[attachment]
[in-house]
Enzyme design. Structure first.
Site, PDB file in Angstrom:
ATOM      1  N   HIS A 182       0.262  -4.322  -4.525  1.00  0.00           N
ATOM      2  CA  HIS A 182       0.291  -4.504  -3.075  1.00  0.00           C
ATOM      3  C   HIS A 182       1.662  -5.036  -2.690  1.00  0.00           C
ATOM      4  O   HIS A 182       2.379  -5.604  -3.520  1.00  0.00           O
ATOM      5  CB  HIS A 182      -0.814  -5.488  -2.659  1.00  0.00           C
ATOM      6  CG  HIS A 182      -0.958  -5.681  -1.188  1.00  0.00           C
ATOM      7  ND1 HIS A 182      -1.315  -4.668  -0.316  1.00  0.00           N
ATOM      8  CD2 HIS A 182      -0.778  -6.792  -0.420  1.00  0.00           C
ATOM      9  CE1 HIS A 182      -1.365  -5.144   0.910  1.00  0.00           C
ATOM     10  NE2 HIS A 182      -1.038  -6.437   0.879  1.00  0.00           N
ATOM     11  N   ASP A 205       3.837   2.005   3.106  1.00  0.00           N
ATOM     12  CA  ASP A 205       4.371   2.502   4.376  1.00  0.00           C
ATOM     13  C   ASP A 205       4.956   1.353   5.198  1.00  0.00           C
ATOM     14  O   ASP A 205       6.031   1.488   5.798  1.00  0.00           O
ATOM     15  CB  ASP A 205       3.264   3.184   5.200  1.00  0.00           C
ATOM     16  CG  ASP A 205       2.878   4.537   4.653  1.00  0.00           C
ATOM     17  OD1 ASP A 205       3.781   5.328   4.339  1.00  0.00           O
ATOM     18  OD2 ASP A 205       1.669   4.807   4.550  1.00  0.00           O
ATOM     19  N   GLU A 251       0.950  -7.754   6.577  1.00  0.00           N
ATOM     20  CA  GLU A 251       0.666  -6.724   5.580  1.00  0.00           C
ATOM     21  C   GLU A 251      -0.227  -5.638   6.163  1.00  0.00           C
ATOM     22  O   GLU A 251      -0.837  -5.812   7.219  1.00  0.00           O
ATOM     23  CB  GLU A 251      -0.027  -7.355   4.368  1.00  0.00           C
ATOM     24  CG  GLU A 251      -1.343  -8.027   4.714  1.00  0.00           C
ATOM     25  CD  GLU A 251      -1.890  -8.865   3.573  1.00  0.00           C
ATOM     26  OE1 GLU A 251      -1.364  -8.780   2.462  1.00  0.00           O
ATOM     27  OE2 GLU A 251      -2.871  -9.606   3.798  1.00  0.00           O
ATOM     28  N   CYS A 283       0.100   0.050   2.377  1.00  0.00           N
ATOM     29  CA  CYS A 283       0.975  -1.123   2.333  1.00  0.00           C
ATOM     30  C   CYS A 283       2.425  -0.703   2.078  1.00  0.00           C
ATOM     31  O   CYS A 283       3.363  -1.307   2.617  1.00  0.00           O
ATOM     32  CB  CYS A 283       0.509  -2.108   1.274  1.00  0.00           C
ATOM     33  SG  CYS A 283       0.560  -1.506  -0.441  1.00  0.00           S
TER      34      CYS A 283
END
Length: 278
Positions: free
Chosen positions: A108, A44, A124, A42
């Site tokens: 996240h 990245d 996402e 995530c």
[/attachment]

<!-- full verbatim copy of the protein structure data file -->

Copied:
[in-house]
Enzyme design. Structure first.
Site, PDB file in Angstrom:
ATOM      1  N   HIS A 182       0.262  -4.322  -4.525  1.00  0.00           N
ATOM      2  CA  HIS A 182       0.291  -4.504  -3.075  1.00  0.00           C
ATOM      3  C   HIS A 182       1.662  -5.036  -2.690  1.00  0.00           C
ATOM      4  O   HIS A 182       2.379  -5.604  -3.520  1.00  0.00           O
ATOM      5  CB  HIS A 182      -0.814  -5.488  -2.659  1.00  0.00           C
ATOM      6  CG  HIS A 182      -0.958  -5.681  -1.188  1.00  0.00           C
ATOM      7  ND1 HIS A 182      -1.315  -4.668  -0.316  1.00  0.00           N
ATOM      8  CD2 HIS A 182      -0.778  -6.792  -0.420  1.00  0.00           C
ATOM      9  CE1 HIS A 182      -1.365  -5.144   0.910  1.00  0.00           C
ATOM     10  NE2 HIS A 182      -1.038  -6.437   0.879  1.00  0.00           N
ATOM     11  N   ASP A 205       3.837   2.005   3.106  1.00  0.00           N
ATOM     12  CA  ASP A 205       4.371   2.502   4.376  1.00  0.00           C
ATOM     13  C   ASP A 205       4.956   1.353   5.198  1.00  0.00           C
ATOM     14  O   ASP A 205       6.031   1.488   5.798  1.00  0.00           O
ATOM     15  CB  ASP A 205       3.264   3.184   5.200  1.00  0.00           C
ATOM     16  CG  ASP A 205       2.878   4.537   4.653  1.00  0.00           C
ATOM     17  OD1 ASP A 205       3.781   5.328   4.339  1.00  0.00           O
ATOM     18  OD2 ASP A 205       1.669   4.807   4.550  1.00  0.00           O
ATOM     19  N   GLU A 251       0.950  -7.754   6.577  1.00  0.00           N
ATOM     20  CA  GLU A 251       0.666  -6.724   5.580  1.00  0.00           C
ATOM     21  C   GLU A 251      -0.227  -5.638   6.163  1.00  0.00           C
ATOM     22  O   GLU A 251      -0.837  -5.812   7.219  1.00  0.00           O
ATOM     23  CB  GLU A 251      -0.027  -7.355   4.368  1.00  0.00           C
ATOM     24  CG  GLU A 251      -1.343  -8.027   4.714  1.00  0.00           C
ATOM     25  CD  GLU A 251      -1.890  -8.865   3.573  1.00  0.00           C
ATOM     26  OE1 GLU A 251      -1.364  -8.780   2.462  1.00  0.00           O
ATOM     27  OE2 GLU A 251      -2.871  -9.606   3.798  1.00  0.00           O
ATOM     28  N   CYS A 283       0.100   0.050   2.377  1.00  0.00           N
ATOM     29  CA  CYS A 283       0.975  -1.123   2.333  1.00  0.00           C
ATOM     30  C   CYS A 283       2.425  -0.703   2.078  1.00  0.00           C
ATOM     31  O   CYS A 283       3.363  -1.307   2.617  1.00  0.00           O
ATOM     32  CB  CYS A 283       0.509  -2.108   1.274  1.00  0.00           C
ATOM     33  SG  CYS A 283       0.560  -1.506  -0.441  1.00  0.00           S
TER      34      CYS A 283
END
Length: 278
Positions: free
Chosen positions: A108, A44, A124, A42
């Site tokens: 996240h 990245d 996402e 995530c």